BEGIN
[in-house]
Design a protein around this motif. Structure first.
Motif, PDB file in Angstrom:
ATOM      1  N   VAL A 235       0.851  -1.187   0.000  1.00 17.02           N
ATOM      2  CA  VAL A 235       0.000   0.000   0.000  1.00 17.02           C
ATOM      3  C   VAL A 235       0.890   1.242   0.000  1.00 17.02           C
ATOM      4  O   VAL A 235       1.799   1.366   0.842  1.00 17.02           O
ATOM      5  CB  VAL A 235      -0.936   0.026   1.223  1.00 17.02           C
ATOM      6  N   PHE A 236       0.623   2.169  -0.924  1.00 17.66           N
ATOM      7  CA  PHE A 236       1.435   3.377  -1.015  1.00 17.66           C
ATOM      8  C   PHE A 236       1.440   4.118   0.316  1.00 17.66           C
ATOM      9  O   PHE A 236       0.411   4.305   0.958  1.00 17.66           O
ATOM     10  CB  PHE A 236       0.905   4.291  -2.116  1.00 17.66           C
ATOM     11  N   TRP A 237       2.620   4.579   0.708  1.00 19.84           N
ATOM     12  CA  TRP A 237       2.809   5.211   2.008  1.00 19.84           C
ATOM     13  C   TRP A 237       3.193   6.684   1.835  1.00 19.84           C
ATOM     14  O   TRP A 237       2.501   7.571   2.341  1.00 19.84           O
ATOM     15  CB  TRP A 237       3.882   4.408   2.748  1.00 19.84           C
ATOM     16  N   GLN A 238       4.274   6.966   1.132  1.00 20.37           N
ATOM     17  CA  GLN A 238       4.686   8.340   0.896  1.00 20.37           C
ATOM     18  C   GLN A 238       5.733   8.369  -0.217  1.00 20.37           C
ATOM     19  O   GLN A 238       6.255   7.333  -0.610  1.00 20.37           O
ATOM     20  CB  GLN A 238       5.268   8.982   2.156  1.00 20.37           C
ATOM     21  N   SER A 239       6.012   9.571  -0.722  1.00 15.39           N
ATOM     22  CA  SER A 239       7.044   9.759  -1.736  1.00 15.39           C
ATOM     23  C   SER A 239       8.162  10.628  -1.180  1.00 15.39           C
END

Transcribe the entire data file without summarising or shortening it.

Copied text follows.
[in-house]
Design a protein around this motif. Structure first.
Motif, PDB file in Angstrom:
ATOM      1  N   VAL A 235       0.851  -1.187   0.000  1.00 17.02           N
ATOM      2  CA  VAL A 235       0.000   0.000   0.000  1.00 17.02           C
ATOM      3  C   VAL A 235       0.890   1.242   0.000  1.00 17.02           C
ATOM      4  O   VAL A 235       1.799   1.366   0.842  1.00 17.02           O
ATOM      5  CB  VAL A 235      -0.936   0.026   1.223  1.00 17.02           C
ATOM      6  N   PHE A 236       0.623   2.169  -0.924  1.00 17.66           N
ATOM      7  CA  PHE A 236       1.435   3.377  -1.015  1.00 17.66           C
ATOM      8  C   PHE A 236       1.440   4.118   0.316  1.00 17.66           C
ATOM      9  O   PHE A 236       0.411   4.305   0.958  1.00 17.66           O
ATOM     10  CB  PHE A 236       0.905   4.291  -2.116  1.00 17.66           C
ATOM     11  N   TRP A 237       2.620   4.579   0.708  1.00 19.84           N
ATOM     12  CA  TRP A 237       2.809   5.211   2.008  1.00 19.84           C
ATOM     13  C   TRP A 237       3.193   6.684   1.835  1.00 19.84           C
ATOM     14  O   TRP A 237       2.501   7.571   2.341  1.00 19.84           O
ATOM     15  CB  TRP A 237       3.882   4.408   2.748  1.00 19.84           C
ATOM     16  N   GLN A 238       4.274   6.966   1.132  1.00 20.37           N
ATOM     17  CA  GLN A 238       4.686   8.340   0.896  1.00 20.37           C
ATOM     18  C   GLN A 238       5.733   8.369  -0.217  1.00 20.37           C
ATOM     19  O   GLN A 238       6.255   7.333  -0.610  1.00 20.37           O
ATOM     20  CB  GLN A 238       5.268   8.982   2.156  1.00 20.37           C
ATOM     21  N   SER A 239       6.012   9.571  -0.722  1.00 15.39           N
ATOM     22  CA  SER A 239       7.044   9.759  -1.736  1.00 15.39           C
ATOM     23  C   SER A 239       8.162  10.628  -1.180  1.00 15.39           C